Sharon Cynthia Pague v. Carolyn W. Colvin

Filing 21

MEMORANDUM OPINION AND ORDER by Magistrate Judge Gail J. Standish. For all of the foregoing reasons, IT IS ORDERED that the decision of the Commissioner finding Plaintiff not disabled is AFFIRMED. (ec)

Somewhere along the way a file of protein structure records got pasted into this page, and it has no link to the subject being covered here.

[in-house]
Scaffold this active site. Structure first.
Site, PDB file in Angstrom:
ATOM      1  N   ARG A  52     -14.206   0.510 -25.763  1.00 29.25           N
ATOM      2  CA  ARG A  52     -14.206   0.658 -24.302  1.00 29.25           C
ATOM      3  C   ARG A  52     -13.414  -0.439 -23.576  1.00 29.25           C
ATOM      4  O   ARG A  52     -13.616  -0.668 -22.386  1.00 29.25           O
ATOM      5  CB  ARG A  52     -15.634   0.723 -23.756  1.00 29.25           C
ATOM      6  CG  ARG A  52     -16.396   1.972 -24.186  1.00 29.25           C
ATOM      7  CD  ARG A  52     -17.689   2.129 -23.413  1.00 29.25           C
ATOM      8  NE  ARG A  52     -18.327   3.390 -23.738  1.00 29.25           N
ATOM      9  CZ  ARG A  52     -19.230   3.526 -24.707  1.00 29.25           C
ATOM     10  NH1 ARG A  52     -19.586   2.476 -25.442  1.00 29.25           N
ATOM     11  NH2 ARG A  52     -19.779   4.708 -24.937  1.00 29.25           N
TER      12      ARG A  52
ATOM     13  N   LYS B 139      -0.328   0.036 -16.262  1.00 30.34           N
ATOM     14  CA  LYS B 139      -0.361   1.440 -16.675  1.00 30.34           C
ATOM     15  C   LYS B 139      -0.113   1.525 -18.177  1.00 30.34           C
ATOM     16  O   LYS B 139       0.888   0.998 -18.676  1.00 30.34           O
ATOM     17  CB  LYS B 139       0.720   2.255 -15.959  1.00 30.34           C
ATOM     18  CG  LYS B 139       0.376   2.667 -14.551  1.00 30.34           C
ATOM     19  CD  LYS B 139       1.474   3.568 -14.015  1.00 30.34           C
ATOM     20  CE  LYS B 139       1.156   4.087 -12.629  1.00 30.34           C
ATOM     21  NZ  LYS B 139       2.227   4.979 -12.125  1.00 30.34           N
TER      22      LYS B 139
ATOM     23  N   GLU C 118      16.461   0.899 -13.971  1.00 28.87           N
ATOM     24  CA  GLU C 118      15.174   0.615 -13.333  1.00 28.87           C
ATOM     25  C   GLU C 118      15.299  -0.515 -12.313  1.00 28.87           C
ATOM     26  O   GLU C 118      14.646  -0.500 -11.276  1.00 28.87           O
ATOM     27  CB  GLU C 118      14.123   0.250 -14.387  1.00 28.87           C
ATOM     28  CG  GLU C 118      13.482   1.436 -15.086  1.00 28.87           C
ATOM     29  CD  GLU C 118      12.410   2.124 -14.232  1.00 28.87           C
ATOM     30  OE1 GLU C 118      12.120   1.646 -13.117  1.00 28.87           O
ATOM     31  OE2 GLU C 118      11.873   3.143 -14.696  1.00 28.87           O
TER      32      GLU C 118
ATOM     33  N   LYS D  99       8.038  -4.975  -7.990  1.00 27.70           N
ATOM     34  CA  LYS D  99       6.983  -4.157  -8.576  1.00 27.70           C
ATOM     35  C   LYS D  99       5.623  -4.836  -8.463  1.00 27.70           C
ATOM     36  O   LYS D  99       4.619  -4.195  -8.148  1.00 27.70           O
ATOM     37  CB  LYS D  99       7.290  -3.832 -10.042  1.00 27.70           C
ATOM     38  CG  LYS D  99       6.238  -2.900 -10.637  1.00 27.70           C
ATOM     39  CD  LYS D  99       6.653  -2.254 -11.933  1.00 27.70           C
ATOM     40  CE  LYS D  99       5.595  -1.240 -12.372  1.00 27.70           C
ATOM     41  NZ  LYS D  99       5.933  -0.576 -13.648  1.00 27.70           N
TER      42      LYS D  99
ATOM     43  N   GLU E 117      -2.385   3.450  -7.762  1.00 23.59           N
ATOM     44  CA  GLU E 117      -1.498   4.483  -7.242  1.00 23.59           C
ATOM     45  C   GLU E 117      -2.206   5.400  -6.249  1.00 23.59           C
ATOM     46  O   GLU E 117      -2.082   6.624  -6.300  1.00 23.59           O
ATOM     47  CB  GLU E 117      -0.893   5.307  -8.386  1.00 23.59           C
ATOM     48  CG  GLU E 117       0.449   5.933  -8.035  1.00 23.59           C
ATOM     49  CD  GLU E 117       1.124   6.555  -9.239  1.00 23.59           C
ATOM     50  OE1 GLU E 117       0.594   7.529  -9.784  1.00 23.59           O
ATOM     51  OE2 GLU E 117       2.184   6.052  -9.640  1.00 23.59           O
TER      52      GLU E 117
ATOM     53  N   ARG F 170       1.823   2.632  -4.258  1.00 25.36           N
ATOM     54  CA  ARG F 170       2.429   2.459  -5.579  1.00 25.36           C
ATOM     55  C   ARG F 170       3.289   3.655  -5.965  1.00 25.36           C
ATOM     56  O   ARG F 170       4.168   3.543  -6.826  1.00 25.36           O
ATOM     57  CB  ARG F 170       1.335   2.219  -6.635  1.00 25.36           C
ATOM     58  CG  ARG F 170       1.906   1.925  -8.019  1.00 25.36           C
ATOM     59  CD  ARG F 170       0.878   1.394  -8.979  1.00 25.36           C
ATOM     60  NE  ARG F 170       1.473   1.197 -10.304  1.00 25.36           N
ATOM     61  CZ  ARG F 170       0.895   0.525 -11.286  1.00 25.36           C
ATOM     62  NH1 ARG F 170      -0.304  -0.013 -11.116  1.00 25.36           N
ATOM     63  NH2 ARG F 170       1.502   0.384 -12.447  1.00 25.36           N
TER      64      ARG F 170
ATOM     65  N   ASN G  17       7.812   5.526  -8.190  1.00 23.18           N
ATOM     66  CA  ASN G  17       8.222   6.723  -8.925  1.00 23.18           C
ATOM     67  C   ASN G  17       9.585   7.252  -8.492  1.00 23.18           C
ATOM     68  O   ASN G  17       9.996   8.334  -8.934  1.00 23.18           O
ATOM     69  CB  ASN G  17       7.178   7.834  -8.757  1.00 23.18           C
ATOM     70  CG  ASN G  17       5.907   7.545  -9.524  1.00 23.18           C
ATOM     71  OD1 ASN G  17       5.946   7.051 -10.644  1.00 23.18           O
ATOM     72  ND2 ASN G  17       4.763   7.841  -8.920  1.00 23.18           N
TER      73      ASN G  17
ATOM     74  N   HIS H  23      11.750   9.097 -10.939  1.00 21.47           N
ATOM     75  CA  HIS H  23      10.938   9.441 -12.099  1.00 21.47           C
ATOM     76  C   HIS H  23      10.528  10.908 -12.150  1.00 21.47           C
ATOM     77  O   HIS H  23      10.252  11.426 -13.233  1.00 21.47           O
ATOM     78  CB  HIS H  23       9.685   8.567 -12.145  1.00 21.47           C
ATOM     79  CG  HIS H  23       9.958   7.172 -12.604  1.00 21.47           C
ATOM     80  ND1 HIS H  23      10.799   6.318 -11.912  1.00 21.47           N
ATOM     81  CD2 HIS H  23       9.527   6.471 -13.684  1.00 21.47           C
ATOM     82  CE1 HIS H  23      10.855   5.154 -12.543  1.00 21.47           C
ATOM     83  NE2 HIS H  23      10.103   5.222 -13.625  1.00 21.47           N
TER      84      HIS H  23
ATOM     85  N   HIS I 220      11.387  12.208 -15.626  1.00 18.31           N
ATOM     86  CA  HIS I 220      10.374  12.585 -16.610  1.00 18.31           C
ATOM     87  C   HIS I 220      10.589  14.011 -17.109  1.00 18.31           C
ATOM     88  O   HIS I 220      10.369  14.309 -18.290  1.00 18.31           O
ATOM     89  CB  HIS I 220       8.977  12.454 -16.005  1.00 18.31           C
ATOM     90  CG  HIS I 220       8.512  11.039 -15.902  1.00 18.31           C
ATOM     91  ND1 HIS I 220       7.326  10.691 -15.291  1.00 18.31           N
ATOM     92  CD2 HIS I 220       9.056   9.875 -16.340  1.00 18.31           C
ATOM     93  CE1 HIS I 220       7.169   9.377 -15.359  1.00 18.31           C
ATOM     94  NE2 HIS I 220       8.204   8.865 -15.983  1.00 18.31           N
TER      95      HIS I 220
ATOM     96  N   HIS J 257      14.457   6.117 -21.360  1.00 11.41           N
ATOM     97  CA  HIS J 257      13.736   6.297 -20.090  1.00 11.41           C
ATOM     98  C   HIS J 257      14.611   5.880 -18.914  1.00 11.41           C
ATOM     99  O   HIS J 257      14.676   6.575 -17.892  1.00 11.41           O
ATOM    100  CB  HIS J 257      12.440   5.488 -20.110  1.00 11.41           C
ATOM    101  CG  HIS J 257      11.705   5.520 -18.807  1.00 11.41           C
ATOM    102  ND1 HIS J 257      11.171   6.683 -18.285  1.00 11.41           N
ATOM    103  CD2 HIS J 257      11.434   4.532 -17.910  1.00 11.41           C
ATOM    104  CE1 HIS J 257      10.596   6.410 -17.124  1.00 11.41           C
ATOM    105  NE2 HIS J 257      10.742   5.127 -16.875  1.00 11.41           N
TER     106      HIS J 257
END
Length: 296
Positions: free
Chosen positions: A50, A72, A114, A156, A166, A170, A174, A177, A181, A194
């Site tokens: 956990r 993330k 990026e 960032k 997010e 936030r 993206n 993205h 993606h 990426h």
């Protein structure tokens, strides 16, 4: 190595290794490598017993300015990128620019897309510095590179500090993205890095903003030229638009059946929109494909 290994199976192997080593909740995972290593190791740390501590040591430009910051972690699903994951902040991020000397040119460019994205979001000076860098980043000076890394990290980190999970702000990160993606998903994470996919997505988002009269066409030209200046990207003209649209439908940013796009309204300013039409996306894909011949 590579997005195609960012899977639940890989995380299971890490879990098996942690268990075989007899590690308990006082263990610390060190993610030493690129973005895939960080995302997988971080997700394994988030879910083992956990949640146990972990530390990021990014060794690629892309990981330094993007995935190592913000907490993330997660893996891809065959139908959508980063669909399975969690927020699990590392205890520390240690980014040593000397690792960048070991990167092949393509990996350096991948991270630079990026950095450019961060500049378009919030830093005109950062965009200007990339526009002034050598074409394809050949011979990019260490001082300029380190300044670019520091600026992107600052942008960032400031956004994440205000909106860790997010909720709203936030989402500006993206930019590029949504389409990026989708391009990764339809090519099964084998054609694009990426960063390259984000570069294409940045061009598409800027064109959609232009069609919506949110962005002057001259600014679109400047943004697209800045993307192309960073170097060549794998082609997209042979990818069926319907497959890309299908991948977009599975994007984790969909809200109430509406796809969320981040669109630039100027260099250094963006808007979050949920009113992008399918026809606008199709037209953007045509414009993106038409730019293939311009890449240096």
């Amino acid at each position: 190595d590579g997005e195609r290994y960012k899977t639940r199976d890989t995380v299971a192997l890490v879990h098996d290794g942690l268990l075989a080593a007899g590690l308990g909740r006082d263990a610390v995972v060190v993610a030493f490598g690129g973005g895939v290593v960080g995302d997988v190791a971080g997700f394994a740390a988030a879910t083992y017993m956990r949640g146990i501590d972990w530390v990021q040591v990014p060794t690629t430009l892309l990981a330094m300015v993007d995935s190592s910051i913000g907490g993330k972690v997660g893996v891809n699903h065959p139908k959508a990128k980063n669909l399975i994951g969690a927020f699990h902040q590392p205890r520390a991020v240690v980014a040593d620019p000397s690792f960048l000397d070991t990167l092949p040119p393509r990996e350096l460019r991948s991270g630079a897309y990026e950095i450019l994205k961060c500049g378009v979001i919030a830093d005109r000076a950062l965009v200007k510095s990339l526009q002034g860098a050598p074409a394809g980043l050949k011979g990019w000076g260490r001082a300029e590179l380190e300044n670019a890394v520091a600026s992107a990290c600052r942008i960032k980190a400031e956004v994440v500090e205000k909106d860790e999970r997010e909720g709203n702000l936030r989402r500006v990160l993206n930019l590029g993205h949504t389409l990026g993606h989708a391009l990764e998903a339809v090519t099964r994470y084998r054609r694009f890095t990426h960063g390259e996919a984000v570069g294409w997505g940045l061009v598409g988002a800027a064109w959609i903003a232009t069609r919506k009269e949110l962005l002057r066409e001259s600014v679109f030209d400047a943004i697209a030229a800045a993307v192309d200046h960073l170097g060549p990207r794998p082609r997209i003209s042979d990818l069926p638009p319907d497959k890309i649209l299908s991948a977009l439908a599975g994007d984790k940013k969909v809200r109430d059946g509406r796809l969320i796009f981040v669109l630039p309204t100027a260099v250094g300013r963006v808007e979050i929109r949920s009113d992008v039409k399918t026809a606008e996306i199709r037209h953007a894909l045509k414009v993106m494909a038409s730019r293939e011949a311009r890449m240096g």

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1 2 3 4 5 6 7 8 9 UNITED STATES DISTRICT COURT 10 CENTRAL DISTRICT OF CALIFORNIA 11 12 Case No. 5:16-cv-00590-GJS SHARON PAGUE, Plaintiff 13 MEMORANDUM OPINION AND ORDER v. 14 NANCY A. BERRYHILL1, Acting Commissioner of Social Security, 15 16 Defendant. 17 18 I. 19 20 21 22 23 24 PROCEDURAL HISTORY Plaintiff Sharon Pague (“Plaintiff”) filed a complaint seeking review of Defendant Commissioner of Social Security’s (“Commissioner”) denial of her application for Disability Insurance Benefits (“DIB”) and Supplemental Security Income (“SSI”). The parties filed consents to proceed before the undersigned United States Magistrate Judge [Dkts. 11, 12] and briefs addressing disputed issues 25 26 27 28 1 The Court notes that Nancy A. Berryhill became the Acting Commissioner of the Social Security Administration on January 23, 2017. Accordingly, pursuant to Rule 25(d) of the Federal Rules of Civil Procedure, the Court orders that the caption be amended to substitute Nancy A. Berryhill for Carolyn W. Colvin as the defendant in this action. 1 in the case [Dkt. 19 (“Pltf.’s Br.”) and Dkt. 20 (“Def.’s Br.”)]. The Court has taken 2 the parties’ briefing under submission without oral argument. For the reasons set 3 forth below, the Court affirms the decision of the ALJ and orders judgment entered 4 accordingly. 5 6 II. ADMINISTRATIVE DECISION UNDER REVIEW On May 26, 2011, Plaintiff filed an application for DIB and SSI, alleging that 7 she became disabled as of December 10, 2010. [Dkt. 15, Administrative Record 8 (“AR”) 167-175, 186.] The Commissioner denied her initial claim for benefits and 9 then denied her claim upon reconsideration. [AR 10 and 47-70, 73-94.] On October 10 5, 2012, a hearing was held before Administrative Law Judge (“ALJ”) Michael D. 11 Radensky. [AR 23-46.] On October 25, 2012, the ALJ issued a decision denying 12 Plaintiff’s request for benefits. [AR 7-22.] Plaintiff requested review from the 13 Appeals Council, which denied review. [AR 1-4.] 14 Plaintiff filed a civil action on February 14, 2014. United States Magistrate 15 Judge Michael R. Wilner remanded the case to the Commissioner for further 16 proceedings on December 30, 2014. [AR 525-538 (Pague v. Colvin, EDCV 14-293- 17 MRW, Dkt. 20).] Subsequently, on September 23, 2015, a second hearing was held 18 before ALJ Dante M. Alegre. [AR 472-496.] On December 11, 2015, the ALJ 19 issued a decision again denying Plaintiff’s request for benefits. [AR 434-446.] 20 Plaintiff requested review from the Appeals Council on February 11, 2016, but 21 subsequently withdrew her request for review and sought review directly from this 22 Court. See 20 C.F.R. §§ 404.984, 416.1484. 23 Applying the five-step sequential evaluation process, the ALJ found that 24 Plaintiff was not disabled. See 20 C.F.R. §§ 404.1520(b)-(g)(1) 416.920(b)-(g)(1). 25 At step one, the ALJ concluded that Plaintiff has not engaged in substantial gainful 26 activity since December 10, 2010, the alleged onset date, through December 31, 27 2015, her date last insured. [AR 437.] At step two, the ALJ found that Plaintiff 28 suffered from the following severe impairments: bipolar disorder, mood disorder, 2 1 post-traumatic stress disorder (“PTSD”), status-post mastectomy, chemotherapy, 2 and radiation from ductal carcinoma. [AR 437 (citing 20 C.F.R. §§ 404.1520(c) and 3 416.920(c).] Next, the ALJ determined that Plaintiff did not have an impairment or 4 combination of impairments that meets or medically equals the severity of one of 5 the listed impairments. [AR 438 (citing 20 C.F.R. Part 404, Subpart P, Appendix 1; 6 20 C.F.R. §§ 404.1520(d), 404.1525, 404.1526, 416.920(d), 416.925, and 416.926).] The ALJ found that Plaintiff had the following residual functional capacity 7 8 (RFC): [M]edium work as defined in 20 CFR 404.1567(b) and 416.967(c) involving the following: lifting and/or carrying 50 pounds occasionally and 25 pounds frequently; sitting, standing, and/or walking for six hours out of an eighthours workday; and unskilled work but no fast production work. 9 10 11 12 13 [AR 439.] Applying this RFC, the ALJ found that Plaintiff was unable to perform 14 her past relevant work, but determined that based on her age (44 years old) limited 15 education, and ability to communicate in English, she could perform representative 16 occupations such as night cleaner (DOT 381.687-018), furniture cleaner (DOT 17 709.687-014), and linen room attendant (DOT 222.387-030) and, thus, is not 18 disabled. [AR 445.] III. 19 GOVERNING STANDARD Under 42 U.S.C. § 405(g), the Court reviews the Commissioner’s decision to 20 21 determine if: (1) the Commissioner’s findings are supported by substantial evidence; 22 and (2) the Commissioner used correct legal standards. See Carmickle v. 23 Commissioner, 533 F.3d 1155, 1159 (9th Cir. 2008); Hoopai v. Astrue, 499 F.3d 24 1071, 1074 (9th Cir. 2007). Substantial evidence is “such relevant evidence as a 25 reasonable mind might accept as adequate to support a conclusion.” Richardson v. 26 Perales, 402 U.S. 389, 401 (1971) (internal citation and quotations omitted); see 27 also Hoopai, 499 F.3d at 1074. 28 /// 3 1 2 IV. DISCUSSION Plaintiff contends the ALJ erroneously discounted the opinion of examining 3 physician Dr. Khushro Unwalla. [Pltf.’s Br. at 8:22-11:3.] In opposition, the 4 Commissioner contends that the ALJ’s assessment of Dr. Unwalla’s opinion was 5 proper. [Def.’s Br. at 4:23-7:12.] 6 An ALJ is obligated to take into account all medical opinions of record, 7 resolve conflicts in medical testimony, and analyze evidence. 20 C.F.R. §§ 8 404.1527(c) and 416.927; Magallanes v. Bowen, 881 F.2d 747, 750 (9th Cir. 1989). 9 In conducting this analysis, the opinion of a treating or examining physician is 10 entitled to greater weight than that of a non-examining physician. Garrison v. 11 Colvin, 759 F.3d 995, 1012 (9th Cir. 2014). To reject the uncontradicted opinion of 12 a treating or examining physician, the ALJ must provide clear and convincing 13 reasons. Ghanim v. Colvin, 763 F.3d 1154, 1160-61 (9th Cir. 2014); Lester v. 14 Chater, 81 F.3d 821, 830 (9th Cir. 1995). When a treating or examining physician’s 15 opinion is contradicted by another opinion, an ALJ may not reject the opinion 16 without “specific and legitimate reasons” that are supported by substantial evidence 17 in the record. Ghanim, 763 F.3d at 1161; Garrison, 759 F.3d at 1012; Lester, 81 18 F.3d at 830-31. “This is so because, even when contradicted, a treating or 19 examining physician’s opinion is still owed deference and will often be ‘entitled to 20 the greatest weight . . . even if it does not meet the test for controlling weight.’” 21 Garrison, 759 F.3d at 1012 (internal citation omitted). 22 Dr. Unwalla completed a psychiatric evaluation of Plaintiff on May 1, 2015. 23 In his report, he noted that Plaintiff was shaking and tremulous, exhibited 24 psychomotor agitation and a reactive affect, appeared anxious, and demonstrated 25 disorganized and confused thought processes. [AR 596.] Among other things, Dr. 26 Unwalla found that Plaintiff had marked difficulties in the following: interacting 27 with others; social functioning; concentrating; performing simple, repetitive tasks; 28 and performing detailed and complex tasks. [AR 597.] 4 1 The ALJ discounted the opinion of Dr. Unwalla and instead relied on the 2 contradictory opinion of the non-treating, non-examining psychological consultant, 3 Dr. Anna M. Franco. [AR 47-69; 441-442.] The ALJ gave Dr. Unwalla’s opinion 4 “little weight” for one reason. [AR 442.] The ALJ stated that “the findings noted 5 by Dr. Unwalla are an anomaly,” because they were inconsistent with the treatment 6 record. [AR 442.] The Court finds that the ALJ’s stated reason satisfies the specific 7 and legitimate reason requirement. 8 Contrary to Plaintiff’s assertion, the fact that Dr. Unwalla reviewed the record 9 does not necessarily make his opinion consistent with that record. [See Pltf.’s Br. at 10 9:14-10:5.] Here, the ALJ found that the longitudinal treatment records regarding 11 Plaintiff’s bipolar disorder, PTSD, and mood disorder “indicate[d] that Plaintiff was 12 doing fairly well,” with only isolated instances of severe findings. [AR 441.] 13 Specifically, “[a]side from some findings of a depressed mood, a blunted affect, and 14 tearfulness at times…any more significant findings were even more isolated.” [AR 15 441 (citing AR 254, 260, 329-331, 337, 345, 360, 904, 906-909.] The ALJ noted 16 two treatment records where Plaintiff appeared to be suffering from more severe 17 mental health issues. In December 2013, Plaintiff’s treatment note indicated that 18 she had poor concentration, impaired judgement, depression, anxiety, and reported 19 that she was suffering from paranoia and hallucinations. [AR at 910.] A month 20 later, in January 2014, Plaintiff’s treatment note indicated that she appeared 21 disheveled, had poor eye contact, was withdrawn, had a depressed mood and 22 constricted affect, and again reported that she was suffering from hallucinations. 23 [AR at 915.] However, the ALJ concluded that aside from these two treatment 24 notes, the remaining findings were generally within normal limits. [See AR 254, 25 260, 329-331, 337, 345, 360, 904, 906-909.] In addition, although Plaintiff 26 participated in a court-mandated mental health program for child endangerment in 27 March 2011, the treatment notes indicated that she had excellent participation in the 28 program, did well on her medications, and no further case management services 5 1 2 were needed as of June 2011. [AR 290, 293, 346.] This lack of support in the treatment notes, objective evidence, and medical 3 record as a whole is a specific and legitimate reason supported by substantial 4 evidence for discounting Dr. Unwalla’s opinion. See C.F.R. §§ 404.1527(c)(4) and 5 416.927 (“[g]enerally, the more consistent an opinion is with the record as a whole, 6 the more weight we will give to that opinion.”); Mendoza v. Astrue, 371 Fed. Appx. 7 829, 831–32 (9th Cir. 2010) (“The ALJ permissibly rejected a medical opinion of a 8 non-treating examining physician that was unsupported by the record as a whole.”) 9 (internal citation omitted); Matney v. Sullivan, 981 F.2d 1016, 1019 (9th Cir. 1992) 10 (finding that an ALJ may reject the conclusory opinion of a treating or examining 11 physician if the opinion is unsupported by clinical findings). V. 12 13 14 CONCLUSION For all of the foregoing reasons, IT IS ORDERED that the decision of the Commissioner finding Plaintiff not disabled is AFFIRMED. 15 16 IT IS SO ORDERED. 17 18 19 DATED: March 07, 2017 __________________________________ GAIL J. STANDISH UNITED STATES MAGISTRATE JUDGE 20 21 22 23 24 25 26 27 28 6